In Times of Crisis: Global and Local Civil-Military Disaster Relief Coordination in the United States and Japan

Last updated January 01, 2009

The In Times of Crisis project was a multi-year joint effort of IFPA and the Osaka School of International Public Policy (OSIPP) at Osaka University, together with scholars in Japan, and with the support from the Japan Foundation’s Center for Global Partnership (CGP).

The study focused on improving the ability of the United States and Japan to pool civilian and military resources and to respond together (bilaterally or as part of a broader coalition) in support of host nations and international relief agencies to alleviate suffering and to speed recovery from a crisis. Timely response requires continuous planning and communication, which in turn relies on strong personal and institutional relationships between the two countries and with other partners. The project was designed to strengthen and diversify these relationships so as to be better prepared, to respond more efficiently, and to improve over time as the individuals and organizations involved incorporate lessons from shared experiences such as those discussed in the report.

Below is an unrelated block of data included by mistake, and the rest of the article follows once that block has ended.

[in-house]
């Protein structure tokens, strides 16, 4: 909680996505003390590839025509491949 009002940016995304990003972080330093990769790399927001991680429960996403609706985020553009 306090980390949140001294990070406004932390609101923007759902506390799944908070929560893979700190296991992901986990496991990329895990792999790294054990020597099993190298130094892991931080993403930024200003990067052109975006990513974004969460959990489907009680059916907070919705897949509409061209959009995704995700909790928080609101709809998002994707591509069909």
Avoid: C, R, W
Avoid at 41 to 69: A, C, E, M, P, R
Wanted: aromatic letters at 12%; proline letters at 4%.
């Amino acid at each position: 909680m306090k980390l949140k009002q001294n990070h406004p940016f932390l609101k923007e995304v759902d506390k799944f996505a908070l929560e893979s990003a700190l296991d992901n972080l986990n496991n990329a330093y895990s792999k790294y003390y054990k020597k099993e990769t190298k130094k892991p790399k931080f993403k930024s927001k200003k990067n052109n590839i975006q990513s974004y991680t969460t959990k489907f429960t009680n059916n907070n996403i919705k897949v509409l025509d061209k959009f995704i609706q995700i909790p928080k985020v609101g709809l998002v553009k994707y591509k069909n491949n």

Findings from the first half of the project suggested that U.S.-Japan military-to-military interactions and parallel civilian-to-civilian interactions are likely to be much more productive than trying to integrate civil-military dialogues and policies across the alliance. These ideas were presented and discussed at a bilateral workshop held in Tokyo in fall 2008, which further informed a concluding monograph completed in 2009. The monograph explains the project team’s findings and presents ways to improve the allies’ ability to effectively pool civilian and military resources and to respond together (bilaterally or as part of a broader coalition) in support of host nations and international relief agencies to speed recovery in times of crisis.